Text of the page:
I have been searching around for a good way to learn to speak Gaelic online or using your computer. Some of the methods involve downloading software and many I just couldn't get to work (am probably just impatient).
So I have had a look at Ranganna.com (means 'classes' or 'courses' in Irish) which is the most impressive online Irish course I have seen to date.
By giving an email address you can sample the courses easily,there is no software to download and the sound files load pretty quickly. They claim the courses include about 60-75 hours of tuition which is pretty good value for €145. However, as I have only taken a free trial, I don't know if the claim is accurate.
Éamonn Ó Dónaill, one of Ireland's most prominent Gaelic teachers and course writers in Ireland is behind Ranganna.com with his company Gaelchultúr (see below), so I can only expect the quality to be good.
One disadvantage I see at the moment is that they begin at a lower intermediate level. A complete beginners course would be a great addition. I'm sure it will come in time.
Gaelchultur.com is a Dublin based organisation which offers Irish Language classes around the country. As well as Ranganna.com, Éamonn Ó Dónaill is one of the key individuals behind Gaelchultúr and has been important in promoting more modern teaching methods of Gaelic in Ireland. I have heard lots of positive feedback about the teachers at Gaelchultúr, so I am not surprised that it's popularity is growing.
The courses happen throughout the year and unfortunately you do need to be in Ireland to attend.
There are many universities with Celtic Studies programmes which offer Irish Gaelic classes but if you would like something less formal you could contact Conradh na Gaeilge. They organise classes and have branches in different parts of the world, so you may be lucky enough to learn of somebody offering classes in your area. While worth trying, the quality of teaching can vary from place to place.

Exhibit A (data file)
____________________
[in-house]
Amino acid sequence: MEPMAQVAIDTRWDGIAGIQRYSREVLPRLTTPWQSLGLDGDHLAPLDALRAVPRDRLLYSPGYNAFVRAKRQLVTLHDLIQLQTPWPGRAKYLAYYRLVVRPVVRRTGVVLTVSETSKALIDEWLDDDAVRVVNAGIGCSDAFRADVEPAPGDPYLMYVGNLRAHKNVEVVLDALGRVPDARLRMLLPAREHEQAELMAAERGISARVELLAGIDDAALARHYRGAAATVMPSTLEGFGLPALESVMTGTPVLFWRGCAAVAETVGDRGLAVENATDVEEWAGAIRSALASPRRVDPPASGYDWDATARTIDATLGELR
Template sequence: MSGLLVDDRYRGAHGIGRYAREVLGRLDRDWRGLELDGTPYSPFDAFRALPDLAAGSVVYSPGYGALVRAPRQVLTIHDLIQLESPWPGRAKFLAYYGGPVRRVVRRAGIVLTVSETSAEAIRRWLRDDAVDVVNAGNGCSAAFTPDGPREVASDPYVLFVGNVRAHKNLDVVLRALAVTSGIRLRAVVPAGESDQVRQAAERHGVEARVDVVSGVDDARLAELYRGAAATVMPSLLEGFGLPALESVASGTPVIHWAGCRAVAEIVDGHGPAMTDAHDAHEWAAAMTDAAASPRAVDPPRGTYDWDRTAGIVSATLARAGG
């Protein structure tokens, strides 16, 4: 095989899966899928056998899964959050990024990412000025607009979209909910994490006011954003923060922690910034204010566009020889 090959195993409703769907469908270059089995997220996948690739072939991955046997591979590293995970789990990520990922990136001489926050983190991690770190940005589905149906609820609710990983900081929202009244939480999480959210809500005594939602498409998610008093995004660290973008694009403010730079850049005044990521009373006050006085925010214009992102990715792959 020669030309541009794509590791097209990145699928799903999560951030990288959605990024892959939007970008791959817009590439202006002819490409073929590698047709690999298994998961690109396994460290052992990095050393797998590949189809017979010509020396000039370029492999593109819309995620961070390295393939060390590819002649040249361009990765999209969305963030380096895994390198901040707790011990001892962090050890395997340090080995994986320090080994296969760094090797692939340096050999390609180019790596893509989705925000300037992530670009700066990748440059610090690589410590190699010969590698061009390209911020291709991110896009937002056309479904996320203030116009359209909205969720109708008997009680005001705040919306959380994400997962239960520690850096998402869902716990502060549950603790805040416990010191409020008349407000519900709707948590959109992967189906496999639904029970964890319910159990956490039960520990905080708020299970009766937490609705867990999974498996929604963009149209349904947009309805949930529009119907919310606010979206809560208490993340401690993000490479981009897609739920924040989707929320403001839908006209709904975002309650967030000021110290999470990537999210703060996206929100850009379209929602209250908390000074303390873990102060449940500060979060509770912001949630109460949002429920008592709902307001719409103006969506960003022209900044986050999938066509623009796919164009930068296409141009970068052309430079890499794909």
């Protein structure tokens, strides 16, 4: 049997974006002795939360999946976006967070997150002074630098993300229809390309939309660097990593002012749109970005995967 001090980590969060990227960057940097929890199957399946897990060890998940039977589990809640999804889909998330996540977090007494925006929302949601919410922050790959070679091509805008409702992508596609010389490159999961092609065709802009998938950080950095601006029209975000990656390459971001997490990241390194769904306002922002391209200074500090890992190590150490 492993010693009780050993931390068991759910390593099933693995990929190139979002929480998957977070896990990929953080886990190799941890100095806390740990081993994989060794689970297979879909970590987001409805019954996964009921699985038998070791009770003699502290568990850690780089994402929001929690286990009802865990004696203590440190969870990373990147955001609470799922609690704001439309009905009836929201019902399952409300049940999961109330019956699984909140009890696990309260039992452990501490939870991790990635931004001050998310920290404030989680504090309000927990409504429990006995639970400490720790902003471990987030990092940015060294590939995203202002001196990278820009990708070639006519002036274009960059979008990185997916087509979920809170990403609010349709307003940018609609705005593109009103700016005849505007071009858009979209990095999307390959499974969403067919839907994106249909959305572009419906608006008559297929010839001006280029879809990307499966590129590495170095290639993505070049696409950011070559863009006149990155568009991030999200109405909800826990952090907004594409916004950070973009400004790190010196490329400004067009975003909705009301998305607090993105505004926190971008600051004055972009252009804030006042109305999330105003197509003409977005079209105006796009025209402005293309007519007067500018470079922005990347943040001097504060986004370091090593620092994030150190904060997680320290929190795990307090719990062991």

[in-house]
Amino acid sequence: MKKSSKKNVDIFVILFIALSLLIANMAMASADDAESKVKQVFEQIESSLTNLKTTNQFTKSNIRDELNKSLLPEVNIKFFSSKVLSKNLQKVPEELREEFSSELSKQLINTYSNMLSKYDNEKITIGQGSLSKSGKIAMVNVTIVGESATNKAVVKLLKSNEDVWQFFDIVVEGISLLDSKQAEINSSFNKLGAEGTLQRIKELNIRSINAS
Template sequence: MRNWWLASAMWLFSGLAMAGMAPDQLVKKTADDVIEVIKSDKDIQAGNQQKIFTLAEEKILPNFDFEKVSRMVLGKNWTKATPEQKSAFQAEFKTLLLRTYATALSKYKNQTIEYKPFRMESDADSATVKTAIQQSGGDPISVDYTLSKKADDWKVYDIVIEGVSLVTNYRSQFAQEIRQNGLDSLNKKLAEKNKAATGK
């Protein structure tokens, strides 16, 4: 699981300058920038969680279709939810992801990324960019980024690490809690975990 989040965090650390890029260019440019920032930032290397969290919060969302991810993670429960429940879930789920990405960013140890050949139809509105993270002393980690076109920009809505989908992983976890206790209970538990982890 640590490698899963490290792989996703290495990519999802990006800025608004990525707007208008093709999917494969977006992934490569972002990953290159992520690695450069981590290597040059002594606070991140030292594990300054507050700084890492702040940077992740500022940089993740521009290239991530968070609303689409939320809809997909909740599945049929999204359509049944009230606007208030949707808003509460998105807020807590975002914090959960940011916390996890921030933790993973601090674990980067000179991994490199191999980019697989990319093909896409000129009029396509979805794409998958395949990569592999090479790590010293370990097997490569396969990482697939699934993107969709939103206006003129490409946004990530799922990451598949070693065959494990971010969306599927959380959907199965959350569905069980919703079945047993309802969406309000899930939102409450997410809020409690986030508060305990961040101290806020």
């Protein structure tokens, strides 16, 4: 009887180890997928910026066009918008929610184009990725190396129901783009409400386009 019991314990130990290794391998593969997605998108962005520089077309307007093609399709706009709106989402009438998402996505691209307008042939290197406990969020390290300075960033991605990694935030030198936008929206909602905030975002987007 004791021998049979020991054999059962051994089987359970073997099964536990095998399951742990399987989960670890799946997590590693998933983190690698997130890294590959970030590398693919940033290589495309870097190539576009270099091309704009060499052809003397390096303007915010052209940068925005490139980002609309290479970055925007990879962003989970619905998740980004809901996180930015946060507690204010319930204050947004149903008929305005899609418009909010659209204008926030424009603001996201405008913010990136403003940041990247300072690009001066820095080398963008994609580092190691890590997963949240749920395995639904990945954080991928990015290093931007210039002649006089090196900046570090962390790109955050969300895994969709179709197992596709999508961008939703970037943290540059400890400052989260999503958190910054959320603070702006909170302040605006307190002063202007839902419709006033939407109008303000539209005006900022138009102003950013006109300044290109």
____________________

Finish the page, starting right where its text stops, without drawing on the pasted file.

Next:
If you are going to learn Irish Gaelic online, you want something that's easy to use and hopefully free or cheap. I, and I expect most people, don't have the patience for anything that's not relatively convenient. So I have been very selective in taking just a couple of online learn resources that I feel are useful.
Giota Beag is the name of a series produced by the BBC. The link will take you straight to Lesson 1
At Ranganna.com you can test your level of Irish. It's really easy to use. On a recent test drive, it graded me as an Advanced Level 1 result -seem to be stuck there now for some time. Obviously must try harder!
TEG (Teastas Eorpach na Gaeilge) is an examination system for adult learners of Irish that is linked to the Common European Framework of Reference for Languages (Council of Europe, 2001). Examinations test the four skills: Speaking, Listening Comprehension, Reading Comprehension and Writing. Examinations are currently available at five levels from Absolute Beginners (A1) to Advanced 1 (C1). A further level, Advanced 2 (C2), is in the process of development.
The TEG website has a number of useful resources and if you need the objective of passing exams to keep you focused on learning the Irish language, then you should check the site out.
If you want to know how to speak Gaelic you can get started with the following pages from GaelicMatters.